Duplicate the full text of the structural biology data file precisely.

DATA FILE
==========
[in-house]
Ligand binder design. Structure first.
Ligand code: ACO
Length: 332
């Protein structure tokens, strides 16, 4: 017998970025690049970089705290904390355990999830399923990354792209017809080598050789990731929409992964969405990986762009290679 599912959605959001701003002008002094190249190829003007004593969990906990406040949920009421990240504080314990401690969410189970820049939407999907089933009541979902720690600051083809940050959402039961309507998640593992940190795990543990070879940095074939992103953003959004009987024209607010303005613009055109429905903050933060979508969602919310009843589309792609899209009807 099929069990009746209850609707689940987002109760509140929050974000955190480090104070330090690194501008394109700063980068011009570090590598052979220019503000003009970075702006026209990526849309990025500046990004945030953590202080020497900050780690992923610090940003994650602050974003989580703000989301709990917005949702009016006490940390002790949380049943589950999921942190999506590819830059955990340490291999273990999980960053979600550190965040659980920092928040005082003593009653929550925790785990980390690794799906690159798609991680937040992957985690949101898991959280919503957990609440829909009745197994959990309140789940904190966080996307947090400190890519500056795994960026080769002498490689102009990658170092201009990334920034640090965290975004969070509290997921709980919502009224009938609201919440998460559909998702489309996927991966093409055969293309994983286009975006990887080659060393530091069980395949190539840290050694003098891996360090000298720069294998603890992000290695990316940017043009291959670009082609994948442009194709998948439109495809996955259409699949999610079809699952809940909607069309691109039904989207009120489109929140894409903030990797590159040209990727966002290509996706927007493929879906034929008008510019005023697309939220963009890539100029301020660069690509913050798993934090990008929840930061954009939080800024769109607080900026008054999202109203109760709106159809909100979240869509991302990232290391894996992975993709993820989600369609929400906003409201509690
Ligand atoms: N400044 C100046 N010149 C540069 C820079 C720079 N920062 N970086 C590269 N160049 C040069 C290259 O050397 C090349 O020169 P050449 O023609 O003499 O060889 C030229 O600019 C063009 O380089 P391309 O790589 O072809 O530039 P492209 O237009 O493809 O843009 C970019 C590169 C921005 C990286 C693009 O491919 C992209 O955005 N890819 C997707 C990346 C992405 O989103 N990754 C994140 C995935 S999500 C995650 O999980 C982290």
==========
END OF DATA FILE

[in-house]
Ligand binder design. Structure first.
Ligand code: ACO
Length: 332
């Protein structure tokens, strides 16, 4: 017998970025690049970089705290904390355990999830399923990354792209017809080598050789990731929409992964969405990986762009290679 599912959605959001701003002008002094190249190829003007004593969990906990406040949920009421990240504080314990401690969410189970820049939407999907089933009541979902720690600051083809940050959402039961309507998640593992940190795990543990070879940095074939992103953003959004009987024209607010303005613009055109429905903050933060979508969602919310009843589309792609899209009807 099929069990009746209850609707689940987002109760509140929050974000955190480090104070330090690194501008394109700063980068011009570090590598052979220019503000003009970075702006026209990526849309990025500046990004945030953590202080020497900050780690992923610090940003994650602050974003989580703000989301709990917005949702009016006490940390002790949380049943589950999921942190999506590819830059955990340490291999273990999980960053979600550190965040659980920092928040005082003593009653929550925790785990980390690794799906690159798609991680937040992957985690949101898991959280919503957990609440829909009745197994959990309140789940904190966080996307947090400190890519500056795994960026080769002498490689102009990658170092201009990334920034640090965290975004969070509290997921709980919502009224009938609201919440998460559909998702489309996927991966093409055969293309994983286009975006990887080659060393530091069980395949190539840290050694003098891996360090000298720069294998603890992000290695990316940017043009291959670009082609994948442009194709998948439109495809996955259409699949999610079809699952809940909607069309691109039904989207009120489109929140894409903030990797590159040209990727966002290509996706927007493929879906034929008008510019005023697309939220963009890539100029301020660069690509913050798993934090990008929840930061954009939080800024769109607080900026008054999202109203109760709106159809909100979240869509991302990232290391894996992975993709993820989600369609929400906003409201509690
Ligand atoms: N400044 C100046 N010149 C540069 C820079 C720079 N920062 N970086 C590269 N160049 C040069 C290259 O050397 C090349 O020169 P050449 O023609 O003499 O060889 C030229 O600019 C063009 O380089 P391309 O790589 O072809 O530039 P492209 O237009 O493809 O843009 C970019 C590169 C921005 C990286 C693009 O491919 C992209 O955005 N890819 C997707 C990346 C992405 O989103 N990754 C994140 C995935 S999500 C995650 O999980 C982290």